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   Sweet November... well, not really: The war lingers on for purposes unknown to most and oil prices continue to rise. Credit woes dominate the financial headlines, and value stocks seem intent on extending their correction into a seventh month. Investors want a stronger dollar while lower interest rates (and lower taxes) are clearly more beneficial. Neither political party has a candidate that supports real tax reform for both investors and corporate job creators, nor has the counter productive United States Regulation Industry stopped growing faster than most world economies. In terms of issue breadth alone, November is becoming the worst month (or the best buying opportunity) since July of 2002, and possibly since October of 1987. Just who makes this good/bad determination anyway, the Wall Street institutions, the media, investment letter writers? Why are rallies considered good and corrections bad? Will we remember 2007 as the year of the Grinch or will the leaves and the market stop falling in favor of a Santa Clause rally? Only the phantom knows for sure.

   Every fall, good year in the market or not, I remind my clients that the final calendar quarter is a very special time. November is particularly exciting because it hosts the convergence of four Katrina-level forces, all of which are part of Wall Street's conventional wisdom while none of them lead to intelligent investment decision making. And this year we have a special treat in the form of a Category Three market correction in the Value Stock sector. (October '87 was a Short Five; June '98 through January '00 was a long Four.) A five-force November Syndrome can be particularly destructive; no wonder the media is giving it so much attention... carnage at last!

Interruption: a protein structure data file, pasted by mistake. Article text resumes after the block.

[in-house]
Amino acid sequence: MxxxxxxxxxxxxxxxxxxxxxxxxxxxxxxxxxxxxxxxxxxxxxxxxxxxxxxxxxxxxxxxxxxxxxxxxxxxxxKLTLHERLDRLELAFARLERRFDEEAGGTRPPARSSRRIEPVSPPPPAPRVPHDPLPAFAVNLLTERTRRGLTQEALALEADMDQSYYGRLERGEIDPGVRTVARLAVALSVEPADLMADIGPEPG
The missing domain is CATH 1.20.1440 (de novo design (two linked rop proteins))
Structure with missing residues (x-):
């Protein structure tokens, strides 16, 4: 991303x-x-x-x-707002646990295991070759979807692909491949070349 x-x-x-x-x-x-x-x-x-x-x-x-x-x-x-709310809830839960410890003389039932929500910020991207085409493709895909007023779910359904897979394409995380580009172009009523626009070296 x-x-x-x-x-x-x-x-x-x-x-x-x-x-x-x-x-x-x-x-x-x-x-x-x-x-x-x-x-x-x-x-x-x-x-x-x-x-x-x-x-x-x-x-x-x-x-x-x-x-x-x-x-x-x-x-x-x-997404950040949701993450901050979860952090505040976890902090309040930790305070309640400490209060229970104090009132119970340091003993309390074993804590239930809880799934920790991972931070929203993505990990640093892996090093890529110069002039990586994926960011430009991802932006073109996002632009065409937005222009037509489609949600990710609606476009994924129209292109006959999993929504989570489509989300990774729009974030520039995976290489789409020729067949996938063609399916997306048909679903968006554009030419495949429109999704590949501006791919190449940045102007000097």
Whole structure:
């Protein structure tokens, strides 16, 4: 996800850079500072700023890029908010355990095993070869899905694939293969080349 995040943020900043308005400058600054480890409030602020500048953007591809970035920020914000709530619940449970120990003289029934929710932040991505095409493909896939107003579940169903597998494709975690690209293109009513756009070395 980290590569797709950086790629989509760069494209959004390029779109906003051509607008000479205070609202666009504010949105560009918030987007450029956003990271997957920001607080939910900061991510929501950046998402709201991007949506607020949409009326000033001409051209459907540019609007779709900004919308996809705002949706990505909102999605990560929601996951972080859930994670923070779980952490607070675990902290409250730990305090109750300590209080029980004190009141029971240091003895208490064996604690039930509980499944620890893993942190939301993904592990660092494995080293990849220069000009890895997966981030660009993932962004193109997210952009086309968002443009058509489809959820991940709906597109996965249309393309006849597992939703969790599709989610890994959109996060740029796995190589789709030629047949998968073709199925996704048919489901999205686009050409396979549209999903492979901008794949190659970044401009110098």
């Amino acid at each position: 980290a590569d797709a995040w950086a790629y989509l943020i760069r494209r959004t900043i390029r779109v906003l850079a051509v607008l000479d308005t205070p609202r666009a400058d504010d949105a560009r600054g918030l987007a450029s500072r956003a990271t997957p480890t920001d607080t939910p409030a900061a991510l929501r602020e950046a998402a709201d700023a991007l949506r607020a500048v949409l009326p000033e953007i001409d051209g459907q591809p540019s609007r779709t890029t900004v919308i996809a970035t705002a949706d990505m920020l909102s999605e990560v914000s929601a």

Force One is the mad rush of the lemmings to realize losses on equity and/or income securities for absolutely no investment reason at all... just because they have fallen in price from the time that they were purchased. Assuming (as I always do) that we are dealing with "Investment Grade Securities", lower prices should more logically be seen as an opportunity to add to positions cheaply than as an opportunity to reduce the 2005 tax liability on our other investment earnings. Losing (your) money is only a good idea in the eyes of accountants, particularly if the reasoning for buying the security was sound in the first place, and assuming that the issuing company is still profitable. This "tax- loss" lunacy is comparable to barging into your boss' office and demanding a cut in pay, and it could be eliminated entirely by some intelligent tax reform. Have hope investors, I've heard a rumor that candidate Romney is talking about eliminating taxes on investment earnings.